Ongoing training is key to enhancing your existing skills, and sourcing new contract work, but which training costs can you claim via your limited company’s tax bill?
Thanks to contractor accountants, Taxevo for answering our questions:
What type of training qualifies as a genuine company expense?
The cost of training can be claimed as a legitimate business expense by your company, as long as it is associated directly with your current trade.
There should be a tangible benefit to your company, and you should bear in mind HMRC’s general guidance that any expenses must be incurred wholly and exclusively for the purposes of the business.
If you follow this golden rule, then you can’t go far wrong.
Who is the training for?
In general, you should follow the same principles for training costs for both directors and employees. As a director, you are likely to have control over what training costs are paid for by the business. This gives a little more flexibility in the type of training that can be claimed. Alongside enhancing the skills that directly apply to your trade, you can also consider management skills and soft skills that will also add value to the business.
There is no reason why these other areas cannot also be made available to all employees if there is a direct benefit to the business.
What about training overseas?
There may be times when an opportunity arises to undertake an overseas training course. By all means, you can claim these costs but to ensure that the expense can be deductible against your company’s Corporation Tax bill, you must ensure that you can prove to HMRC that there was no personal element to the overseas trip.
As much as it may appeal to incorporate a holiday element into the trip alongside the training, you need to remember that for an expense to receive tax relief, it needs to have been incurred wholly and exclusively for the purposes of the business.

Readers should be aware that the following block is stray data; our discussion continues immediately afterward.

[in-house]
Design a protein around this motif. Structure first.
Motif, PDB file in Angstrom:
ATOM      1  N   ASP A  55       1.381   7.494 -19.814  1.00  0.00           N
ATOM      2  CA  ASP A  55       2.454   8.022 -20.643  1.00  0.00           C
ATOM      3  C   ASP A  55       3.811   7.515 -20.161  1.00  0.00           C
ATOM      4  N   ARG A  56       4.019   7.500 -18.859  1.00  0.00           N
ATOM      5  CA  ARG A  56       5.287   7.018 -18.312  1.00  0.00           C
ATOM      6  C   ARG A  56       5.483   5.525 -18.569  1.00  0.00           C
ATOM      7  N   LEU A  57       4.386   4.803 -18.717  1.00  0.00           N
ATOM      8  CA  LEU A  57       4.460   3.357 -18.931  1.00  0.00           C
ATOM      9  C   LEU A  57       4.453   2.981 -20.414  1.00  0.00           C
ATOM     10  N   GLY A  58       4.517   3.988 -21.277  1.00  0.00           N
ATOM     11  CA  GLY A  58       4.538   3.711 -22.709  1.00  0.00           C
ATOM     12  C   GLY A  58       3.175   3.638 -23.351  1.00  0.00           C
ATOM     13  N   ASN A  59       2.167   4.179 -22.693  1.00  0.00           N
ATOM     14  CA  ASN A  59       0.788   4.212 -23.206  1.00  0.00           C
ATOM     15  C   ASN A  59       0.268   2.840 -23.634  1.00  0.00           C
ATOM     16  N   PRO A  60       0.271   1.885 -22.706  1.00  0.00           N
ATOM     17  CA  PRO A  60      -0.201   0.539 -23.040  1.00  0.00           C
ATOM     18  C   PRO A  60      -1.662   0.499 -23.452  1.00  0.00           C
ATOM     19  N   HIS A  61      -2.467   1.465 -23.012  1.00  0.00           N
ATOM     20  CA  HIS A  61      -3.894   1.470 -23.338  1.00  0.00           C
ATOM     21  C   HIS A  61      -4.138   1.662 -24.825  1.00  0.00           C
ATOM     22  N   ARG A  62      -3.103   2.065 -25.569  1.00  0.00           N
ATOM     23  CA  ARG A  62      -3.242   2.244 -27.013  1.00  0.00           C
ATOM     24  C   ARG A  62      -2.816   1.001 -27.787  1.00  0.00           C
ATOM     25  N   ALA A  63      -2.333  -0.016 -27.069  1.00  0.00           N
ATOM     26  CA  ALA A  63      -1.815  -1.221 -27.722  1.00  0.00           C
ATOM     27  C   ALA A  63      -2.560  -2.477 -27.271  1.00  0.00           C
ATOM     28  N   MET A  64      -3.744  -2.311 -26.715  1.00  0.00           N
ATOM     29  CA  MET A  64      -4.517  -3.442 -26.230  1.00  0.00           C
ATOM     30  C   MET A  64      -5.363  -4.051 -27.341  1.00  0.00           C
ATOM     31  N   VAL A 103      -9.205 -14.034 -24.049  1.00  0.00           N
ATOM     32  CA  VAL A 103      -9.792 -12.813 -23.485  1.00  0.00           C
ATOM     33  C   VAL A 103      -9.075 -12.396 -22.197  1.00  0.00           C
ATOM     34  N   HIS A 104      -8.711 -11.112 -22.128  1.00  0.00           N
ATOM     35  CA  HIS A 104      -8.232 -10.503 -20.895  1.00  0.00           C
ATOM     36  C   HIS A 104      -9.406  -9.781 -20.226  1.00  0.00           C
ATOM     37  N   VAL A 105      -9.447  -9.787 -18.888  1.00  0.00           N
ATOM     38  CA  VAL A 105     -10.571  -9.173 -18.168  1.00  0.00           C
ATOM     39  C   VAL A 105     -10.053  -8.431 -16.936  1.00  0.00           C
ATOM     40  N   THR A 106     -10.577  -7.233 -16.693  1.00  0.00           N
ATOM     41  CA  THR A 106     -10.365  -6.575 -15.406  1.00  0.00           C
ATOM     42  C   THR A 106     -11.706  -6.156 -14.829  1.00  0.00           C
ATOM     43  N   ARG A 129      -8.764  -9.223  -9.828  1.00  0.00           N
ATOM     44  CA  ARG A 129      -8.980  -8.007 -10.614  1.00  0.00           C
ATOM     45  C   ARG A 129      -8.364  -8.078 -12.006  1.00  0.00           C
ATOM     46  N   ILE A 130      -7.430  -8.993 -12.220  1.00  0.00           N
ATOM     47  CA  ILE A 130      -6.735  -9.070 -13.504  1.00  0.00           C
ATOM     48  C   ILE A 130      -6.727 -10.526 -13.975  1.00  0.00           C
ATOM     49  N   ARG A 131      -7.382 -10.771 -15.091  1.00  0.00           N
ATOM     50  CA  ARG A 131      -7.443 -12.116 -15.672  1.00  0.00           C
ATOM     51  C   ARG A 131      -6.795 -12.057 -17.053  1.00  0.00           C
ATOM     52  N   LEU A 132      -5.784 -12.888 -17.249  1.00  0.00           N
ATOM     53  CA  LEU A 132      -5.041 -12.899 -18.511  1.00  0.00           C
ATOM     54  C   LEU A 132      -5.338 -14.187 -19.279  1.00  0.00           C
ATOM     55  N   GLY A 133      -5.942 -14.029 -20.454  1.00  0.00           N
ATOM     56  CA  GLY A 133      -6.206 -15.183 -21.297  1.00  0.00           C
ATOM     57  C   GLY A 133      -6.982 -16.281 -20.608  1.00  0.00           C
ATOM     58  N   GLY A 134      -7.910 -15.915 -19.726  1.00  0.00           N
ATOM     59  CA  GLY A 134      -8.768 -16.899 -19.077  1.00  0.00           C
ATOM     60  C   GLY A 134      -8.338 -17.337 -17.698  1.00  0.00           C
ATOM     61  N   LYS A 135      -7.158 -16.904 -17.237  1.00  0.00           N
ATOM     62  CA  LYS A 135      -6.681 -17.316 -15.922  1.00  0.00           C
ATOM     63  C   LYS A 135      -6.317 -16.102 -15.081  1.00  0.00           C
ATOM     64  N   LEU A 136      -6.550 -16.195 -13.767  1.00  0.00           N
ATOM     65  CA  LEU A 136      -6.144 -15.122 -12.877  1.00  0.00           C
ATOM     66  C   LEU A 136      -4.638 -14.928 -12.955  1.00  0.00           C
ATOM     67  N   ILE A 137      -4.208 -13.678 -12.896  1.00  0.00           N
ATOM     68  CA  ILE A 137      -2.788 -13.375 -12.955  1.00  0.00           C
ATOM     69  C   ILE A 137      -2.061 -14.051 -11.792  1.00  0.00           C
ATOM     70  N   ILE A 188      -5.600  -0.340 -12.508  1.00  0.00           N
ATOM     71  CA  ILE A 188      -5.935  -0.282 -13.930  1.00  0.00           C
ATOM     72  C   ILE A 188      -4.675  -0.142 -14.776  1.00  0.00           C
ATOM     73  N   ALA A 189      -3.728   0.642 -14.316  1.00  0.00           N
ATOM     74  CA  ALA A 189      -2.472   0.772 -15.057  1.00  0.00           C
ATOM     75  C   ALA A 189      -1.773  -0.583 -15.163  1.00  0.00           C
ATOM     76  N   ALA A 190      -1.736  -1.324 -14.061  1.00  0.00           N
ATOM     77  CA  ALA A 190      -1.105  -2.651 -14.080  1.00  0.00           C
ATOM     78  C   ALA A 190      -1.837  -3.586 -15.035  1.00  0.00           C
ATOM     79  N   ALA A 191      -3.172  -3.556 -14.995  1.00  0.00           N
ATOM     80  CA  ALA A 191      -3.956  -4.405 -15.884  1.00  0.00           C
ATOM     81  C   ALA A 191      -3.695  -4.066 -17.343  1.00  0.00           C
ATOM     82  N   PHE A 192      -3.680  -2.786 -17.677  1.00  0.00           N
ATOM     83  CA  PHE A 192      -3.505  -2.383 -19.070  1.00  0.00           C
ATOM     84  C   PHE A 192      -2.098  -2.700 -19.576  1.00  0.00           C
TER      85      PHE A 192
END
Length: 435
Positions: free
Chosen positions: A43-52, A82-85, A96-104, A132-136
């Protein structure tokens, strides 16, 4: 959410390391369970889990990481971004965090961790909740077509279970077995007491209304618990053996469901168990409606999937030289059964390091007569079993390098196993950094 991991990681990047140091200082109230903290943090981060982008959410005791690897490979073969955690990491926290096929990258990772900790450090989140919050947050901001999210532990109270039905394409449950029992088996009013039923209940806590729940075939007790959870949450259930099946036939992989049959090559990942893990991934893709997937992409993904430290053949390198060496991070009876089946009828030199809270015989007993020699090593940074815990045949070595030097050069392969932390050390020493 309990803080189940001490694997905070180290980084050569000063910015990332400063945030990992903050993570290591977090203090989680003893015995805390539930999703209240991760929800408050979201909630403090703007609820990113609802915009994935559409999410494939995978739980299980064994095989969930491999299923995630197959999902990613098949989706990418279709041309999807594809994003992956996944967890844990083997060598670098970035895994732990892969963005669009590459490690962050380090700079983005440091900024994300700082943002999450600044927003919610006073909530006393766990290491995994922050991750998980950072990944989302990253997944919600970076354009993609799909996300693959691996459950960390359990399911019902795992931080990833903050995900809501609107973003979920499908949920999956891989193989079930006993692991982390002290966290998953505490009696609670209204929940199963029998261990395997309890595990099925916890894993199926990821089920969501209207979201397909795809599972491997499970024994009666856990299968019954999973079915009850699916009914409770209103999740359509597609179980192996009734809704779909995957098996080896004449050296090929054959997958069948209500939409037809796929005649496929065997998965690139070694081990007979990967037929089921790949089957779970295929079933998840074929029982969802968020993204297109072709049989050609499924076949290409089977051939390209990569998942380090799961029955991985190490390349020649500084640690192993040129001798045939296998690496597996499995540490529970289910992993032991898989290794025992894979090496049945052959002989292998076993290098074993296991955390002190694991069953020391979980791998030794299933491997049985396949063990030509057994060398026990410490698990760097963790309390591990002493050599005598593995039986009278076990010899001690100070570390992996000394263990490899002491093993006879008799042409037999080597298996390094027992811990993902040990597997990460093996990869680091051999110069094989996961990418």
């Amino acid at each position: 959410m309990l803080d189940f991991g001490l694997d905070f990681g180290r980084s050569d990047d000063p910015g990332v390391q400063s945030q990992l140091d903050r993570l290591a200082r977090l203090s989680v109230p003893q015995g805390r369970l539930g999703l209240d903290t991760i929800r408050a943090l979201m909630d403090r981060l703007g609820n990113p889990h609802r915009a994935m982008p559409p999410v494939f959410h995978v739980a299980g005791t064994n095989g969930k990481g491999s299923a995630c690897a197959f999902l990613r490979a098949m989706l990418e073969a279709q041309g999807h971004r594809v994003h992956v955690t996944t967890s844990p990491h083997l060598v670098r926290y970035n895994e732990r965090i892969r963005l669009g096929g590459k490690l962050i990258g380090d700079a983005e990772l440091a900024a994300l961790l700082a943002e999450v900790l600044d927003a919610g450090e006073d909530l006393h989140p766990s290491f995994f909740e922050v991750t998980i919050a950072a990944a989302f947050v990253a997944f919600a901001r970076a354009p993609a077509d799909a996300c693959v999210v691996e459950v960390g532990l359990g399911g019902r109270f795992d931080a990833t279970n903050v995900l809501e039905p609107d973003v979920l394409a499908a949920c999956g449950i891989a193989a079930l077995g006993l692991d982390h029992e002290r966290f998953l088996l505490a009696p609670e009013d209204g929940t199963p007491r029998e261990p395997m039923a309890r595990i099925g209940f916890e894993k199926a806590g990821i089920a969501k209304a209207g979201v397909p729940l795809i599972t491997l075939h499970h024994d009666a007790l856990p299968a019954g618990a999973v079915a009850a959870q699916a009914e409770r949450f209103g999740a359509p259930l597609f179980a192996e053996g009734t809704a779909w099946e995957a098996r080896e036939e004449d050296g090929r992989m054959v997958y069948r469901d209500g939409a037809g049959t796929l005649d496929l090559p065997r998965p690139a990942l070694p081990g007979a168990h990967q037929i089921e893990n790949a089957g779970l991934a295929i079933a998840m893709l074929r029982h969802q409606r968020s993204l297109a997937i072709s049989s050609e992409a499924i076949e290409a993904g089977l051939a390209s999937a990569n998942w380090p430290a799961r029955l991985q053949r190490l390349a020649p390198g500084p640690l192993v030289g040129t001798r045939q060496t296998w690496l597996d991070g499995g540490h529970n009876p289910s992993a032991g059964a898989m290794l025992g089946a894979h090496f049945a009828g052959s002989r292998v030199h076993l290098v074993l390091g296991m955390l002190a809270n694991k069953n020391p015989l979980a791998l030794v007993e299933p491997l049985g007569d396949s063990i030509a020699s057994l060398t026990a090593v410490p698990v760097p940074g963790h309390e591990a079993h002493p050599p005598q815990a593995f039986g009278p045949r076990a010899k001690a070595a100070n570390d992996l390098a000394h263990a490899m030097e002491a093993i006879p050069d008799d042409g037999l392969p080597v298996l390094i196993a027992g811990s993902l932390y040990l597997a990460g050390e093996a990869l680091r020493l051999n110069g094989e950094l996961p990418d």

Is it a revenue or capital expense?
Training is usually a revenue expense and shown on the profit and loss account therefore gaining Corporation Tax relief in the year that the expense is incurred.
However, in some circumstances where expenditure on training results in new expertise and is of enduring benefit to the business, it may be classified as capital expenditure.
What if my client pays for training?
You may find yourselves in a situation where the client offers to pay for training. This should be avoided as it is likely to weaken your IR35 position.
A contractor genuinely in business on his/her own account would bear the costs of training themselves. Only traditional employees should expect training costs to be covered by their employers.
Seek expert advice
As training courses can sometimes run into the thousands of pounds, we recommend you also discuss any significant potential expenditure with your accountant first – to check whether or not the spending can be offset against your company’s tax bill.